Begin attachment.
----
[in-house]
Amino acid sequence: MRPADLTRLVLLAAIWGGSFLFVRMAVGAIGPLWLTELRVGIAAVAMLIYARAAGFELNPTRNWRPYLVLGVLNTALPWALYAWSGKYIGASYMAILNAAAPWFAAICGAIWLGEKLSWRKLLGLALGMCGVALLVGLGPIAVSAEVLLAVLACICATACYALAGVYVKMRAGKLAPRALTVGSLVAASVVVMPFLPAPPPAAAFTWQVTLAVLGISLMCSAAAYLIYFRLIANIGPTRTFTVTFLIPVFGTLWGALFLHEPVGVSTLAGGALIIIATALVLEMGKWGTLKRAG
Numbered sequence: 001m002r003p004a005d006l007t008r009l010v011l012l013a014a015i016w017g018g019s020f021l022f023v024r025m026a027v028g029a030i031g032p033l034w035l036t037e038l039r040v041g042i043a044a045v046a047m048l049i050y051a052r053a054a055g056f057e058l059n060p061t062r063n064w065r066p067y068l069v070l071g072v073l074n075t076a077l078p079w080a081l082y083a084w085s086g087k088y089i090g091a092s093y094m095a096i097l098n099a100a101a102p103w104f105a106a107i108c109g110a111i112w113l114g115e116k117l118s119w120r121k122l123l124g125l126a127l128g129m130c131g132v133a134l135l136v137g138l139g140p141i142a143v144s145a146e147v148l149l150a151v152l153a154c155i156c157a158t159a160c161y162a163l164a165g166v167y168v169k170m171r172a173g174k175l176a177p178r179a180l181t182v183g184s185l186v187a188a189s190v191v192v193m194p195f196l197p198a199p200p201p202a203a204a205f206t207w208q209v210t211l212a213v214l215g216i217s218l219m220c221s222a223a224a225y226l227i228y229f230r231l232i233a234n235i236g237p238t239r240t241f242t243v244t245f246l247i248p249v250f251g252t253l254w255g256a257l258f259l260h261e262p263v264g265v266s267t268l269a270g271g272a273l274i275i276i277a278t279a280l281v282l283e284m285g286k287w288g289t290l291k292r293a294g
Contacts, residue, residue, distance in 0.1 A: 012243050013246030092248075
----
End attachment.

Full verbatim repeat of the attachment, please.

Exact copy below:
[in-house]
Amino acid sequence: MRPADLTRLVLLAAIWGGSFLFVRMAVGAIGPLWLTELRVGIAAVAMLIYARAAGFELNPTRNWRPYLVLGVLNTALPWALYAWSGKYIGASYMAILNAAAPWFAAICGAIWLGEKLSWRKLLGLALGMCGVALLVGLGPIAVSAEVLLAVLACICATACYALAGVYVKMRAGKLAPRALTVGSLVAASVVVMPFLPAPPPAAAFTWQVTLAVLGISLMCSAAAYLIYFRLIANIGPTRTFTVTFLIPVFGTLWGALFLHEPVGVSTLAGGALIIIATALVLEMGKWGTLKRAG
Numbered sequence: 001m002r003p004a005d006l007t008r009l010v011l012l013a014a015i016w017g018g019s020f021l022f023v024r025m026a027v028g029a030i031g032p033l034w035l036t037e038l039r040v041g042i043a044a045v046a047m048l049i050y051a052r053a054a055g056f057e058l059n060p061t062r063n064w065r066p067y068l069v070l071g072v073l074n075t076a077l078p079w080a081l082y083a084w085s086g087k088y089i090g091a092s093y094m095a096i097l098n099a100a101a102p103w104f105a106a107i108c109g110a111i112w113l114g115e116k117l118s119w120r121k122l123l124g125l126a127l128g129m130c131g132v133a134l135l136v137g138l139g140p141i142a143v144s145a146e147v148l149l150a151v152l153a154c155i156c157a158t159a160c161y162a163l164a165g166v167y168v169k170m171r172a173g174k175l176a177p178r179a180l181t182v183g184s185l186v187a188a189s190v191v192v193m194p195f196l197p198a199p200p201p202a203a204a205f206t207w208q209v210t211l212a213v214l215g216i217s218l219m220c221s222a223a224a225y226l227i228y229f230r231l232i233a234n235i236g237p238t239r240t241f242t243v244t245f246l247i248p249v250f251g252t253l254w255g256a257l258f259l260h261e262p263v264g265v266s267t268l269a270g271g272a273l274i275i276i277a278t279a280l281v282l283e284m285g286k287w288g289t290l291k292r293a294g
Contacts, residue, residue, distance in 0.1 A: 012243050013246030092248075